The Open Kitchen Concept: The Beginning Backlash

Look around any new home or one that went through home improvement and you’re likely to see one thing they all have in common: the open kitchen. The trend has been overwhelmingly embraced by homeowners across the country, along with architects, designers and folks on every home makeover TV show. The open kitchen is probably the single largest and most widely embraced home design change over the past 50 years. However, some architecture aficionados and homeowners are opening up about their total disgust with the open kitchen design. Even home improvement magazines and online DIY project sites are now slamming the open concept in an anti-open kitchen campaign called “Close Your Open-Concept Kitchen.”

They call the trend a “baneful scourge” that has spread through American homes like “black mold through a flooded basement.” The bottom line always echoed through the anti-open-kitchen movement is that we have walls and doors for a reason. While open-kitchen lovers champion the ease of multitasking cooking and entertainment and appreciate how the cook can keep an eye on the kids or an eye on a favorite TV show, the haters reply that open kitchens do neither effectively. Instead, open kitchens leave guests with an eyeful of kitchen mess, distract cooks, and leaves parents with no place to hide from their noisy brood. In short, the open kitchen destroys coveted privacy.

With an open-kitchen design, there’s no way to get away from what other people in the family are doing. In the old days before the open kitchen concept, children were care for properly away from the kitchen. When the kids grew older, the parents could escape to the kitchen while the kids watched teen TV shows. A kitchen that is constantly on display could cause more stress. When you see a kitchen, you can’t relax. The impulse is to keep cleaning the kitchen even if it’s already clean.  Still, open kitchens are winning over a majority of the population. Even those with closed kitchens are converting. A whopping 77 percent of home remodelers are grabbing a sledgehammer and knocking down the walls. Open kitchens have gained such momentum because the kitchen is often the heart of family existence and a central gathering point.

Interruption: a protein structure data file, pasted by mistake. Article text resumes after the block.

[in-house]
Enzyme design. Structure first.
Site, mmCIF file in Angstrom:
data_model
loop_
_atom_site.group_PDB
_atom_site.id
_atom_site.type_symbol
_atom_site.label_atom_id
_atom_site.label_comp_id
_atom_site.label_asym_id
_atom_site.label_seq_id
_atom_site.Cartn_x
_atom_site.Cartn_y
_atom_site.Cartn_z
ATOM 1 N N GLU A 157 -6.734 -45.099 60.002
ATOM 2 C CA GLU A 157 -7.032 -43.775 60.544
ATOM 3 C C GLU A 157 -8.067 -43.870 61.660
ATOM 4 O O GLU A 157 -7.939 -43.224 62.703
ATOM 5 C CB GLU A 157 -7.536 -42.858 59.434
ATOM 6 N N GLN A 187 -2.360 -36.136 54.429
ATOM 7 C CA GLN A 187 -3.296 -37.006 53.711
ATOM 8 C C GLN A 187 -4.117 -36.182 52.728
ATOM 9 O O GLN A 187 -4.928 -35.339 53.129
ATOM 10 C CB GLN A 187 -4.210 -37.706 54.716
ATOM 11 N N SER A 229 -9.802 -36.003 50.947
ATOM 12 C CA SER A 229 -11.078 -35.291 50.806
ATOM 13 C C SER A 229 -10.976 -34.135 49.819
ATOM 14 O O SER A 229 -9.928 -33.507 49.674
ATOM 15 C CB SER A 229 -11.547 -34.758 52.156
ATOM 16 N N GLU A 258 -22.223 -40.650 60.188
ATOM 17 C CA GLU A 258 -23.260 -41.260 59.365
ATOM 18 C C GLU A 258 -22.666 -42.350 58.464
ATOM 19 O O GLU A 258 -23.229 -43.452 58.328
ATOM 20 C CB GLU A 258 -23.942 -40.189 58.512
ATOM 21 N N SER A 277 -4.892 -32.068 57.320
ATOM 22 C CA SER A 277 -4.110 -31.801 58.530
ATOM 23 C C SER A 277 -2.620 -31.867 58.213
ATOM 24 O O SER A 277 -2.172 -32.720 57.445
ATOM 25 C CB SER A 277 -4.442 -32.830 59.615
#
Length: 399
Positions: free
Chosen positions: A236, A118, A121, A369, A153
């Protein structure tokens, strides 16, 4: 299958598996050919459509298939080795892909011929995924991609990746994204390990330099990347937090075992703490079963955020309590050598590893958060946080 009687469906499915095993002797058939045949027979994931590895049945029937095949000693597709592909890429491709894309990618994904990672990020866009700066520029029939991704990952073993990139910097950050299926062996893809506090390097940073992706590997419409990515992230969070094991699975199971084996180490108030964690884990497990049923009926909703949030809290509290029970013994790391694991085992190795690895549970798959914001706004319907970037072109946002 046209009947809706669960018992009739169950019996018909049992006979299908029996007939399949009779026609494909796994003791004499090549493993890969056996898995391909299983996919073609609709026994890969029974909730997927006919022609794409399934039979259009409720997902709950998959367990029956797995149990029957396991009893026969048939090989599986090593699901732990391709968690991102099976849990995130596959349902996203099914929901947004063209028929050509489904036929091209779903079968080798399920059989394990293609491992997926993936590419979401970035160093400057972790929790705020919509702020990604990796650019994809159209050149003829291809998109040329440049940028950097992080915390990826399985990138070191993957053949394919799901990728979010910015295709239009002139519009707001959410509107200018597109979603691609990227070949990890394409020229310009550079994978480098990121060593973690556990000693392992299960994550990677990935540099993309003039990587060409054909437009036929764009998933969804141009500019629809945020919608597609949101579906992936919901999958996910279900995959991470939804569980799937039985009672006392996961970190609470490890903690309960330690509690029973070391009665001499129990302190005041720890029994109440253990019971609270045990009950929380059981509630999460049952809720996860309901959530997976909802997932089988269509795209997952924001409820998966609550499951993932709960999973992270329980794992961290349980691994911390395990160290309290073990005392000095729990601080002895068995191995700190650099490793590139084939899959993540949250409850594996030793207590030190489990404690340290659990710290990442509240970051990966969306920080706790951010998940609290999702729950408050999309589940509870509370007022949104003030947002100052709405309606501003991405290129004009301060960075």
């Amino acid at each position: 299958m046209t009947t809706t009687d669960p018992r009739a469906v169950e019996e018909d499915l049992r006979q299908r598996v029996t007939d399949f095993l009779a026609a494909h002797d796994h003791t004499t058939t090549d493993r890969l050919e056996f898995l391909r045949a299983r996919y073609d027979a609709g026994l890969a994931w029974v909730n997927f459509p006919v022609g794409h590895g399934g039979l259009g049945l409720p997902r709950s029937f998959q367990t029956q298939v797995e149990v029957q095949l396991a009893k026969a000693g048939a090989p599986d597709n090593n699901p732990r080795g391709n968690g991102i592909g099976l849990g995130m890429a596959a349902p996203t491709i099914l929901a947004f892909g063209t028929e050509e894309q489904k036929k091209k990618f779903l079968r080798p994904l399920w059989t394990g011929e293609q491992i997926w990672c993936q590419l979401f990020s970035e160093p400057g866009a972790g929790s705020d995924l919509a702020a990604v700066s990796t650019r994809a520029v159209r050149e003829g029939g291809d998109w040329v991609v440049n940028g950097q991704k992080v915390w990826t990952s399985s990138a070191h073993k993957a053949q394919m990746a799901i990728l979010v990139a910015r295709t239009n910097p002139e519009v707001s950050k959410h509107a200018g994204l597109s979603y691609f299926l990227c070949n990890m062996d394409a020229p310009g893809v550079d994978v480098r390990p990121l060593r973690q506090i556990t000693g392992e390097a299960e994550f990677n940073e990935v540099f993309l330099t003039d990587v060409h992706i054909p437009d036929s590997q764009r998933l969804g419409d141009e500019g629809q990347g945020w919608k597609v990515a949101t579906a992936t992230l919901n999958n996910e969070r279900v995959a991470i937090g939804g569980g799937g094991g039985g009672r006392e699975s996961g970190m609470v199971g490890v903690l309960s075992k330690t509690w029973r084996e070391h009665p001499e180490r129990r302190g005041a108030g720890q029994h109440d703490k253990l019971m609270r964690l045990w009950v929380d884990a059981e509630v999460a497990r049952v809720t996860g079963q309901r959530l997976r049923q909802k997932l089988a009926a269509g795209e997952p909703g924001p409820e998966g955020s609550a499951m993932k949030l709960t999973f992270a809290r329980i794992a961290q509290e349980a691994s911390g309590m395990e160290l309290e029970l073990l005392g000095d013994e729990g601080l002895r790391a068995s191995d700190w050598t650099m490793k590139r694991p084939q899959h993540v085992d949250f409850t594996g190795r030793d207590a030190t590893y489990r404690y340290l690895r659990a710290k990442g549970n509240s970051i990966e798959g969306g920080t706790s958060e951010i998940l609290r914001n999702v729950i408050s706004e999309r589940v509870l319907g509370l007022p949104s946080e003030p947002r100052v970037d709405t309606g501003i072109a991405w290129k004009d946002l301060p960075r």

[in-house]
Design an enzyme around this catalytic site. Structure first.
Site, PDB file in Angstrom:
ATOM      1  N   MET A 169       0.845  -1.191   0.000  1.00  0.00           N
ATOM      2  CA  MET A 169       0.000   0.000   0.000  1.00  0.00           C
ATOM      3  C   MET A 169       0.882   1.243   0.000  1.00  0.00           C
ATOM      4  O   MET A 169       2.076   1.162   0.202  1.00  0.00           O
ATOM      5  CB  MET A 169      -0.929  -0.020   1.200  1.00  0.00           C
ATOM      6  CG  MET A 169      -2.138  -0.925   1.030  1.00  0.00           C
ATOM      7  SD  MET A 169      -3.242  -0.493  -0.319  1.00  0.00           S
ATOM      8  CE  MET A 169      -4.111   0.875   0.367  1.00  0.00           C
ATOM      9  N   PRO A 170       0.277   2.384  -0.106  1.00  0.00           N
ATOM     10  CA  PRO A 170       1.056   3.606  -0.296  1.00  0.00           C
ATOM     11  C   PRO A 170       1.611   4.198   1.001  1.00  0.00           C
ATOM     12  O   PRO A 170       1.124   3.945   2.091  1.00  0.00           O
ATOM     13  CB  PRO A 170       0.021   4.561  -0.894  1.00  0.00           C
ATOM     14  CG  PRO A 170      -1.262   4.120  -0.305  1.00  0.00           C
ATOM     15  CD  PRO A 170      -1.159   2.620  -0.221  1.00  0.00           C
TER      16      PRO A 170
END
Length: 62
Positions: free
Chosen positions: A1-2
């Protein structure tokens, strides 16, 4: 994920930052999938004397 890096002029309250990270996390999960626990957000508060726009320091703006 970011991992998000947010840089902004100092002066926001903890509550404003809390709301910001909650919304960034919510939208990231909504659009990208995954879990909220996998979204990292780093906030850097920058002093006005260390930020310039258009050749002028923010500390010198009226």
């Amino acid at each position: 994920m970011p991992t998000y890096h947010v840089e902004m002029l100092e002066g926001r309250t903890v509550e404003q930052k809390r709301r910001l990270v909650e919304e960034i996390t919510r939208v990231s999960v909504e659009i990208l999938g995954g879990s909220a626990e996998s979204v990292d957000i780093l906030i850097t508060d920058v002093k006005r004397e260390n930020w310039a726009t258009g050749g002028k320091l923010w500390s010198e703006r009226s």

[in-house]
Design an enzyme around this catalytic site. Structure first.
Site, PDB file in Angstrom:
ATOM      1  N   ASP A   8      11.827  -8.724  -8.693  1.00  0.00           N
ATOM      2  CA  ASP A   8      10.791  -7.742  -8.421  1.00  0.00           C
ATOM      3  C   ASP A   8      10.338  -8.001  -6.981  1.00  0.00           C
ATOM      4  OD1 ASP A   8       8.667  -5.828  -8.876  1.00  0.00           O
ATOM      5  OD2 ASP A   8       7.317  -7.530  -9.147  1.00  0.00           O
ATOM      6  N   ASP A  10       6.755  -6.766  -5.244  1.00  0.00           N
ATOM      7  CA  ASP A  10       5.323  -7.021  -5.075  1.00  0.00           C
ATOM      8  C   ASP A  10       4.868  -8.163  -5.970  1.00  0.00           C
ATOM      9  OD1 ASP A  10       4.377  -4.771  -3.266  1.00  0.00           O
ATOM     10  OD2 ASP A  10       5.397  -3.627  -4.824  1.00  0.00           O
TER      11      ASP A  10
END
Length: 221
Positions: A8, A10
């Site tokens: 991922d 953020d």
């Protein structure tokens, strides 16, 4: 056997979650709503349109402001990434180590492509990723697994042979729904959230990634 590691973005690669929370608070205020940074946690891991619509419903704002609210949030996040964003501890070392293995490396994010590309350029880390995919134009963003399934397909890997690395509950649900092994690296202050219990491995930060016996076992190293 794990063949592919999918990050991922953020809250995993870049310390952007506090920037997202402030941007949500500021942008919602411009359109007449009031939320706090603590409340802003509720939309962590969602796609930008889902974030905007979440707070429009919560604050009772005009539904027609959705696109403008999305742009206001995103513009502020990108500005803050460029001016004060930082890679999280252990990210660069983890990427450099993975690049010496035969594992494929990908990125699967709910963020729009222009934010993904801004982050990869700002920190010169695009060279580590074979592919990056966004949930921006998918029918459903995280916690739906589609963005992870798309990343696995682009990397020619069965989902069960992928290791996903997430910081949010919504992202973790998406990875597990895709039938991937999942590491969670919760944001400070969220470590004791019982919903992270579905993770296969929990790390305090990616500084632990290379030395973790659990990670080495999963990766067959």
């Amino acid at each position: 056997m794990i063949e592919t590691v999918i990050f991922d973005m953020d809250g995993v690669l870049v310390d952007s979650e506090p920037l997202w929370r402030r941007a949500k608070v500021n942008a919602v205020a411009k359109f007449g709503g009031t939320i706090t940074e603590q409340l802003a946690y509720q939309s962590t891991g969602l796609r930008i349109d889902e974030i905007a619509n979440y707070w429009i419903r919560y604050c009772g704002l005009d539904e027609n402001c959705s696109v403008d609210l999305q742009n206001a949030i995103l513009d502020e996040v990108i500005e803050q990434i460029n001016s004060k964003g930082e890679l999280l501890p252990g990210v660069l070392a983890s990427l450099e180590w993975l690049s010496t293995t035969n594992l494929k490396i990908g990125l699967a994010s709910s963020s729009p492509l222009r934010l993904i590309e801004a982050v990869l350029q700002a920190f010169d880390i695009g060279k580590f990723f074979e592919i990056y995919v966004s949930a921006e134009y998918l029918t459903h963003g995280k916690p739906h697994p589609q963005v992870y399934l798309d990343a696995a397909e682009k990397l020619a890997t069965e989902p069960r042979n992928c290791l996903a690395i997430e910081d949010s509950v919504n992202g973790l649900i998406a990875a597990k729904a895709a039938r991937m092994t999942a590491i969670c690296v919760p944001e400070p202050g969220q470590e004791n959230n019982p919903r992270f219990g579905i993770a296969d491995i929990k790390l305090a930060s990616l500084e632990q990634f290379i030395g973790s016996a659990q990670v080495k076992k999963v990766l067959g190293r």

The idea that the kitchen and dining room are separate and a woman magically brings food out on a platter is a thing of the past. When designing a kitchen, people should go back and think about the kitchen they grew up in. It’s also important to consider colors, configuration, and lighting to create the kitchen based on their highest positive associations with that place. Sometimes, it’s helpful to consider the family personality over aesthetics. If the kitchen is for a family of extroverts that is more informal or likes to entertain, an open kitchen might work. If the kitchen is for a family of introverts who like a smaller, self-contained, cozier room, there’s nothing wrong with a closed kitchen.